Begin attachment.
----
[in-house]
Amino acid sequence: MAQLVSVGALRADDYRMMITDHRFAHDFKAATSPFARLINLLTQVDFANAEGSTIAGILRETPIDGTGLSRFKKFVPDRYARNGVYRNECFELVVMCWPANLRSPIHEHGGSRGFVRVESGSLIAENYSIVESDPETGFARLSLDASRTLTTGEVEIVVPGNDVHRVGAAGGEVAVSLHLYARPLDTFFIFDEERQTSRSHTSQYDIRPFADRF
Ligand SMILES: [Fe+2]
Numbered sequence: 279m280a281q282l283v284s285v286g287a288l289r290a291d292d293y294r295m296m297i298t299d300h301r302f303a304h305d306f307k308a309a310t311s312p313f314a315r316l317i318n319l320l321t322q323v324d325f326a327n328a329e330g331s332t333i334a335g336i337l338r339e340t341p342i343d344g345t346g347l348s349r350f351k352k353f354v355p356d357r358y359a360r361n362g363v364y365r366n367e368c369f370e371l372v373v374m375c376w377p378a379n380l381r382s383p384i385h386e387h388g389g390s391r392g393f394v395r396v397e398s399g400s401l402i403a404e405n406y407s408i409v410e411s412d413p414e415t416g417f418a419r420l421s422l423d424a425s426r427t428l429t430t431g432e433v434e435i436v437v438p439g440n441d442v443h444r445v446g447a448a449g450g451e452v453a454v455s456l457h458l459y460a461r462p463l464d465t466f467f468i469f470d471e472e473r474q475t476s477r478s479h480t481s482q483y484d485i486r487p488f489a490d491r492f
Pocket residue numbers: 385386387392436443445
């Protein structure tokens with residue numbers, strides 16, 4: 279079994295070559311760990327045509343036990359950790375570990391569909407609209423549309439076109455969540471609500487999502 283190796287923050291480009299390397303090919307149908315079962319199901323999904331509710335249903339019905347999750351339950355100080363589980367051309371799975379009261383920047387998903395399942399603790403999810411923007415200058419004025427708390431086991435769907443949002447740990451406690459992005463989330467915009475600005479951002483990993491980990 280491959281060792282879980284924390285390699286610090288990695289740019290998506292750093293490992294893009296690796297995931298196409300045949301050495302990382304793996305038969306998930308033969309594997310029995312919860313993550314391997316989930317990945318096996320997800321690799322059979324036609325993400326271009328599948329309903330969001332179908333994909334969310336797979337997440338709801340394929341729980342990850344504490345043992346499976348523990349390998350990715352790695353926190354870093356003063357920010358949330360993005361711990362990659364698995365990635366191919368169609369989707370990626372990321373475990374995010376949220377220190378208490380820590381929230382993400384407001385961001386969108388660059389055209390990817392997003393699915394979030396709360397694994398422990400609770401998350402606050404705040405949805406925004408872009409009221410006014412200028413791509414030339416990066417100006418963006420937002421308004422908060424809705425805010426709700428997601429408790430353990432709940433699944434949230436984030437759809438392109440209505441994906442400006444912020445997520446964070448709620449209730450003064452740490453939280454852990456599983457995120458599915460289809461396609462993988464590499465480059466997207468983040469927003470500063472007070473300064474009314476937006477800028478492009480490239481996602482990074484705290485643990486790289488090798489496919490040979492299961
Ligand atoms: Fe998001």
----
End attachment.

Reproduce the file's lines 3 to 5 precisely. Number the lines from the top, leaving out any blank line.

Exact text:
Ligand SMILES: [Fe+2]
Numbered sequence: 279m280a281q282l283v284s285v286g287a288l289r290a291d292d293y294r295m296m297i298t299d300h301r302f303a304h305d306f307k308a309a310t311s312p313f314a315r316l317i318n319l320l321t322q323v324d325f326a327n328a329e330g331s332t333i334a335g336i337l338r339e340t341p342i343d344g345t346g347l348s349r350f351k352k353f354v355p356d357r358y359a360r361n362g363v364y365r366n367e368c369f370e371l372v373v374m375c376w377p378a379n380l381r382s383p384i385h386e387h388g389g390s391r392g393f394v395r396v397e398s399g400s401l402i403a404e405n406y407s408i409v410e411s412d413p414e415t416g417f418a419r420l421s422l423d424a425s426r427t428l429t430t431g432e433v434e435i436v437v438p439g440n441d442v443h444r445v446g447a448a449g450g451e452v453a454v455s456l457h458l459y460a461r462p463l464d465t466f467f468i469f470d471e472e473r474q475t476s477r478s479h480t481s482q483y484d485i486r487p488f489a490d491r492f
Pocket residue numbers: 385386387392436443445